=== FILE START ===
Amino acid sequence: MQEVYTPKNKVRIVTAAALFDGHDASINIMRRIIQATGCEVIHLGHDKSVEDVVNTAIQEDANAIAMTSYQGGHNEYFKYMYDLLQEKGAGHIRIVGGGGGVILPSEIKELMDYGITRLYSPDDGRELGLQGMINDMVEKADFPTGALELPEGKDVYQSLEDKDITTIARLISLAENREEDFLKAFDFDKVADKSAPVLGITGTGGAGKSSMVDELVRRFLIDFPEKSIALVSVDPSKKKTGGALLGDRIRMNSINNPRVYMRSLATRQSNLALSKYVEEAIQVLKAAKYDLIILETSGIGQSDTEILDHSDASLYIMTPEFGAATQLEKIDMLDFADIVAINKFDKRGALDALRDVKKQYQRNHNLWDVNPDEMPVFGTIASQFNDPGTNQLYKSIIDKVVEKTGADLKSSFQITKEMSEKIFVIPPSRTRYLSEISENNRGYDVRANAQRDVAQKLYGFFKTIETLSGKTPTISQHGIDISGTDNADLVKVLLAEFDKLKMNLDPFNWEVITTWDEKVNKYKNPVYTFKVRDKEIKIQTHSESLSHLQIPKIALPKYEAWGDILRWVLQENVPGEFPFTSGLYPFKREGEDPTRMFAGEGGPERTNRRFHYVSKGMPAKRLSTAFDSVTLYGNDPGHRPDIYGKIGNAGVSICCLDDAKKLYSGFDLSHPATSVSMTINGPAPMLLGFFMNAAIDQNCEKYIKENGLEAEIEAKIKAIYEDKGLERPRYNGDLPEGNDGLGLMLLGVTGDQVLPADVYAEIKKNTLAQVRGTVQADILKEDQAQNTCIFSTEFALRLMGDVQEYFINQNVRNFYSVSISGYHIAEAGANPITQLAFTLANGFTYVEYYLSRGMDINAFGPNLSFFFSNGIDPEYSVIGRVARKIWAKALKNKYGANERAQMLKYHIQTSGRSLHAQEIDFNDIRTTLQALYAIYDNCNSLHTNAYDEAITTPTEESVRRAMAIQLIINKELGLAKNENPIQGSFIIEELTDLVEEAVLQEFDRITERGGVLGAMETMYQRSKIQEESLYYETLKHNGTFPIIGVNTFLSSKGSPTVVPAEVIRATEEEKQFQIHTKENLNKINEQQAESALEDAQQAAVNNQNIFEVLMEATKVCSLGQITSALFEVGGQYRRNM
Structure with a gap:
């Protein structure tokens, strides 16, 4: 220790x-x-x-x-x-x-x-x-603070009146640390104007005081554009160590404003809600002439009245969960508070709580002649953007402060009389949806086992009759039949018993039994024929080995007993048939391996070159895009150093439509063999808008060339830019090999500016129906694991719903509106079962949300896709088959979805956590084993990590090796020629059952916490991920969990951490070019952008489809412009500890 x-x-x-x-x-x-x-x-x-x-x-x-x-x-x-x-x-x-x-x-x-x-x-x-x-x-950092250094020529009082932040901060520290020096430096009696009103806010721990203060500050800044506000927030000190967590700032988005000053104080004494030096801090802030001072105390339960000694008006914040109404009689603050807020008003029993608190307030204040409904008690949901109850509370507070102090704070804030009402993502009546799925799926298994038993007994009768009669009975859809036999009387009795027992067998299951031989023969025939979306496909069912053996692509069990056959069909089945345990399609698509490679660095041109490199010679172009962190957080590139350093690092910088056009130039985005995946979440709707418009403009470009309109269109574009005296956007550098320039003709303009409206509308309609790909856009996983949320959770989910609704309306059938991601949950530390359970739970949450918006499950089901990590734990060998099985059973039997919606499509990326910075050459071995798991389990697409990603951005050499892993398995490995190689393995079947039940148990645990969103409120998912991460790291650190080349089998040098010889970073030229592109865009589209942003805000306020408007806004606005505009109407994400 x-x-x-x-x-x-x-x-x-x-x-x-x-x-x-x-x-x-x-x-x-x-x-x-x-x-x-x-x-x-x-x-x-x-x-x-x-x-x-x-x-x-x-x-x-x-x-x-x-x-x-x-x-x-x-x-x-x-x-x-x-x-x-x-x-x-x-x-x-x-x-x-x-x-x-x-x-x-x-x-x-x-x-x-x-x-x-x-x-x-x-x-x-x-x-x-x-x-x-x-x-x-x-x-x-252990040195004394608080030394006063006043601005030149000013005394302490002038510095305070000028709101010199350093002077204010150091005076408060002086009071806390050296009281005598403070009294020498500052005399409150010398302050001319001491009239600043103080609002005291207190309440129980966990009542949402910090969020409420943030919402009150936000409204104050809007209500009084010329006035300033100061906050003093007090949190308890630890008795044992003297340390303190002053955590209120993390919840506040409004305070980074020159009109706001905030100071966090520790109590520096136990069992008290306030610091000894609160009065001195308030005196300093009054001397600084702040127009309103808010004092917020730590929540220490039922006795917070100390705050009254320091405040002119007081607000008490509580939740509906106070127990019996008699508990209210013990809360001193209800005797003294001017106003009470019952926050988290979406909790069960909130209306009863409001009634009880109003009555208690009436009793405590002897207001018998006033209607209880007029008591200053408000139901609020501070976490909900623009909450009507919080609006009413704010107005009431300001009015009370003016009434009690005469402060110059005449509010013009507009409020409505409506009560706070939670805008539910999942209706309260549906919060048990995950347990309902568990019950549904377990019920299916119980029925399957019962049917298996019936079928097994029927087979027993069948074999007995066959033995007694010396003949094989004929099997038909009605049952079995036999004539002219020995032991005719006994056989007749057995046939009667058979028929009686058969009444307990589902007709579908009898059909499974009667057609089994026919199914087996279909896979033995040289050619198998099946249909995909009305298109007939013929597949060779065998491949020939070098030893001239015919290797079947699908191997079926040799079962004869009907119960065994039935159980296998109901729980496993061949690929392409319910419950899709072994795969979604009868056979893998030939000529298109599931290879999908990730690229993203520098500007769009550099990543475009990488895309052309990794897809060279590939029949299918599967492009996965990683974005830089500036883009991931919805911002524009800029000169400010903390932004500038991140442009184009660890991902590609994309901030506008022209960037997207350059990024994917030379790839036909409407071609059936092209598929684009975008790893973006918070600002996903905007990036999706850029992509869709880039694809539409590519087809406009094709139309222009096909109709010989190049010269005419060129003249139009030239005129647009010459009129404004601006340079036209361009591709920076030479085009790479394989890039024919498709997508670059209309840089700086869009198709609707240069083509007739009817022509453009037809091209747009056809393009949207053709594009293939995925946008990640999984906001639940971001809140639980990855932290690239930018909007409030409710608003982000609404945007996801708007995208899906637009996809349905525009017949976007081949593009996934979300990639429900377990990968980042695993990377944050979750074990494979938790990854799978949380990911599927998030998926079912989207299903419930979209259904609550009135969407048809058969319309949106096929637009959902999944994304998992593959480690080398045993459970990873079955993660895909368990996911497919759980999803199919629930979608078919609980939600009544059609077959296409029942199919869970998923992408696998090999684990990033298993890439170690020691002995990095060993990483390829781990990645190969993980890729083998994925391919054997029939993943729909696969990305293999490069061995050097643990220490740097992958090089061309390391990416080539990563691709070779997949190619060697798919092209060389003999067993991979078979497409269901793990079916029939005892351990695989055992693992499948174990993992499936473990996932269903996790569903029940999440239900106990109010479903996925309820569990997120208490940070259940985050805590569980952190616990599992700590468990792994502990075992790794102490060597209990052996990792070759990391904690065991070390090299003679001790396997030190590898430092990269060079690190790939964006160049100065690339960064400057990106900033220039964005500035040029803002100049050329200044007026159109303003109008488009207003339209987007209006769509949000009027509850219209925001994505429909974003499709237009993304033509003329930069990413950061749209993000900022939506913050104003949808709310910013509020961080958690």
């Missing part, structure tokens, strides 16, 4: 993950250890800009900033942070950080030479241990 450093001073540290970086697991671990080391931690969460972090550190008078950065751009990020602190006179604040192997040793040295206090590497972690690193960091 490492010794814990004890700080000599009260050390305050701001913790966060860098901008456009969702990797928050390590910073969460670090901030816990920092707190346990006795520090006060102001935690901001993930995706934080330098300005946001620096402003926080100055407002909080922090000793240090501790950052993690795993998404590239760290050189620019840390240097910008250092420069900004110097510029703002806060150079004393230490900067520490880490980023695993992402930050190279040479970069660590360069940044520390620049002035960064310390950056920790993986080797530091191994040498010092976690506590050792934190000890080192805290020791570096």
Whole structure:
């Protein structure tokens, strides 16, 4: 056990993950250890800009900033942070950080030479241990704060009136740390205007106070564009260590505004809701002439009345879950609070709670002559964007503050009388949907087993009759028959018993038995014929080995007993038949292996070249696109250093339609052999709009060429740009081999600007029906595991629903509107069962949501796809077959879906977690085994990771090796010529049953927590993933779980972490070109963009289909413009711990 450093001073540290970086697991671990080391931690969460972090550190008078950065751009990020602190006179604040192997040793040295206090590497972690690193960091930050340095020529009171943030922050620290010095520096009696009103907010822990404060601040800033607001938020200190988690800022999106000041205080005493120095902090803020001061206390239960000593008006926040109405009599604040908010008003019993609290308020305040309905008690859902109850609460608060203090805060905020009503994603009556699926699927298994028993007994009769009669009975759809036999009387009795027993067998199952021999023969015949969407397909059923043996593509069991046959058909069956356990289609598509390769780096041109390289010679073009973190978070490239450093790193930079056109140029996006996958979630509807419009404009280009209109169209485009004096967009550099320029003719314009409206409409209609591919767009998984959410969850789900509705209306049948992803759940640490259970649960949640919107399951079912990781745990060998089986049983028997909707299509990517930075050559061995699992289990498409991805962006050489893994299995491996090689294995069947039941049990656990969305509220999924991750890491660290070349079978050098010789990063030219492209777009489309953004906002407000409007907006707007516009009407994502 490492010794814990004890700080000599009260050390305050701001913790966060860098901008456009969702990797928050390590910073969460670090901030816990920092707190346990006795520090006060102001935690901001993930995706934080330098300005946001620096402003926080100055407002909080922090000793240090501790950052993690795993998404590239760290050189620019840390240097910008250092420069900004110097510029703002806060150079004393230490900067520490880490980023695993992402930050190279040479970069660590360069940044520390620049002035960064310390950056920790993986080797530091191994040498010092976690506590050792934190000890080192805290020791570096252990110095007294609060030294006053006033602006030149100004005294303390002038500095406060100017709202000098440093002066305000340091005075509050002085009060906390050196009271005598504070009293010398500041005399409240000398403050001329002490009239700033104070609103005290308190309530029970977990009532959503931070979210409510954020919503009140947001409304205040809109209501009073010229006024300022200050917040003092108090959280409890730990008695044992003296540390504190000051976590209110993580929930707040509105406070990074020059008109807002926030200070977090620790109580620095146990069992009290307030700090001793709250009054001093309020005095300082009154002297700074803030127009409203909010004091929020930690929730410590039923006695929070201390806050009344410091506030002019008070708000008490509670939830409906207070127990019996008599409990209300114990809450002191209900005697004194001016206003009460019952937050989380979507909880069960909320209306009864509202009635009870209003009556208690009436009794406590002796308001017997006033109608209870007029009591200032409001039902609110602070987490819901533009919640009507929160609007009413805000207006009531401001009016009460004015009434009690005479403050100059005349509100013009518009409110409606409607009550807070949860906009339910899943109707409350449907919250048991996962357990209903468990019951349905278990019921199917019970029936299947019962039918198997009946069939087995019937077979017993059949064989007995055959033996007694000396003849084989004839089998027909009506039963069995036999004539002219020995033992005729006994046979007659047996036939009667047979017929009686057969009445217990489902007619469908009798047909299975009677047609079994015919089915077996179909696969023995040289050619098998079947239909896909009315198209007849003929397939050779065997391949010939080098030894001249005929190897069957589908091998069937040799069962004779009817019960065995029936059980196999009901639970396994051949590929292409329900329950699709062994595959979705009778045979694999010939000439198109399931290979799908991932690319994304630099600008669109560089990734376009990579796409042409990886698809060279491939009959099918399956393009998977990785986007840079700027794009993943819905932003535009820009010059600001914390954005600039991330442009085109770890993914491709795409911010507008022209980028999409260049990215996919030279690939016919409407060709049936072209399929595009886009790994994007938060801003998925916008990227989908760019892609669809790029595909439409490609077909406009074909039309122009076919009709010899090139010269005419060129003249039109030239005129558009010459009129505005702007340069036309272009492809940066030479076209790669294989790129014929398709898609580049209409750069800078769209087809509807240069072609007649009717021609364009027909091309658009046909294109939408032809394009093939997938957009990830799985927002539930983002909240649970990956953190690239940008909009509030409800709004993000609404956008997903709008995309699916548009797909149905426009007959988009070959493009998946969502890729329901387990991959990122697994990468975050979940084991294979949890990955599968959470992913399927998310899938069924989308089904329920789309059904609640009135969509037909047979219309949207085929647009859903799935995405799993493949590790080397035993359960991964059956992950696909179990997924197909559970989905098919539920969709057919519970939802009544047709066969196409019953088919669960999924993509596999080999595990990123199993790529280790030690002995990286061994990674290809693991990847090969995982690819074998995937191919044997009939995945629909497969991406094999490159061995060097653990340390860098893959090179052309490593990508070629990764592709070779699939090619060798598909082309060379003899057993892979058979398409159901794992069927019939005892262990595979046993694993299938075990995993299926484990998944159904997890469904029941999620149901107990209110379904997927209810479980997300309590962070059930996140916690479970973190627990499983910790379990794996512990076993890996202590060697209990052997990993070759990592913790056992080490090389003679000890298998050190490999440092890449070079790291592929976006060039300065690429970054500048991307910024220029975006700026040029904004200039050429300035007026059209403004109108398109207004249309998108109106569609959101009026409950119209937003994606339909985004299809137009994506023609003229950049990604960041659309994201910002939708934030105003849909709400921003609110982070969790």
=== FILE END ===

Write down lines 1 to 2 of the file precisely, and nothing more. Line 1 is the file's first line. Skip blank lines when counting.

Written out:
Amino acid sequence: MQEVYTPKNKVRIVTAAALFDGHDASINIMRRIIQATGCEVIHLGHDKSVEDVVNTAIQEDANAIAMTSYQGGHNEYFKYMYDLLQEKGAGHIRIVGGGGGVILPSEIKELMDYGITRLYSPDDGRELGLQGMINDMVEKADFPTGALELPEGKDVYQSLEDKDITTIARLISLAENREEDFLKAFDFDKVADKSAPVLGITGTGGAGKSSMVDELVRRFLIDFPEKSIALVSVDPSKKKTGGALLGDRIRMNSINNPRVYMRSLATRQSNLALSKYVEEAIQVLKAAKYDLIILETSGIGQSDTEILDHSDASLYIMTPEFGAATQLEKIDMLDFADIVAINKFDKRGALDALRDVKKQYQRNHNLWDVNPDEMPVFGTIASQFNDPGTNQLYKSIIDKVVEKTGADLKSSFQITKEMSEKIFVIPPSRTRYLSEISENNRGYDVRANAQRDVAQKLYGFFKTIETLSGKTPTISQHGIDISGTDNADLVKVLLAEFDKLKMNLDPFNWEVITTWDEKVNKYKNPVYTFKVRDKEIKIQTHSESLSHLQIPKIALPKYEAWGDILRWVLQENVPGEFPFTSGLYPFKREGEDPTRMFAGEGGPERTNRRFHYVSKGMPAKRLSTAFDSVTLYGNDPGHRPDIYGKIGNAGVSICCLDDAKKLYSGFDLSHPATSVSMTINGPAPMLLGFFMNAAIDQNCEKYIKENGLEAEIEAKIKAIYEDKGLERPRYNGDLPEGNDGLGLMLLGVTGDQVLPADVYAEIKKNTLAQVRGTVQADILKEDQAQNTCIFSTEFALRLMGDVQEYFINQNVRNFYSVSISGYHIAEAGANPITQLAFTLANGFTYVEYYLSRGMDINAFGPNLSFFFSNGIDPEYSVIGRVARKIWAKALKNKYGANERAQMLKYHIQTSGRSLHAQEIDFNDIRTTLQALYAIYDNCNSLHTNAYDEAITTPTEESVRRAMAIQLIINKELGLAKNENPIQGSFIIEELTDLVEEAVLQEFDRITERGGVLGAMETMYQRSKIQEESLYYETLKHNGTFPIIGVNTFLSSKGSPTVVPAEVIRATEEEKQFQIHTKENLNKINEQQAESALEDAQQAAVNNQNIFEVLMEATKVCSLGQITSALFEVGGQYRRNM
Structure with a gap: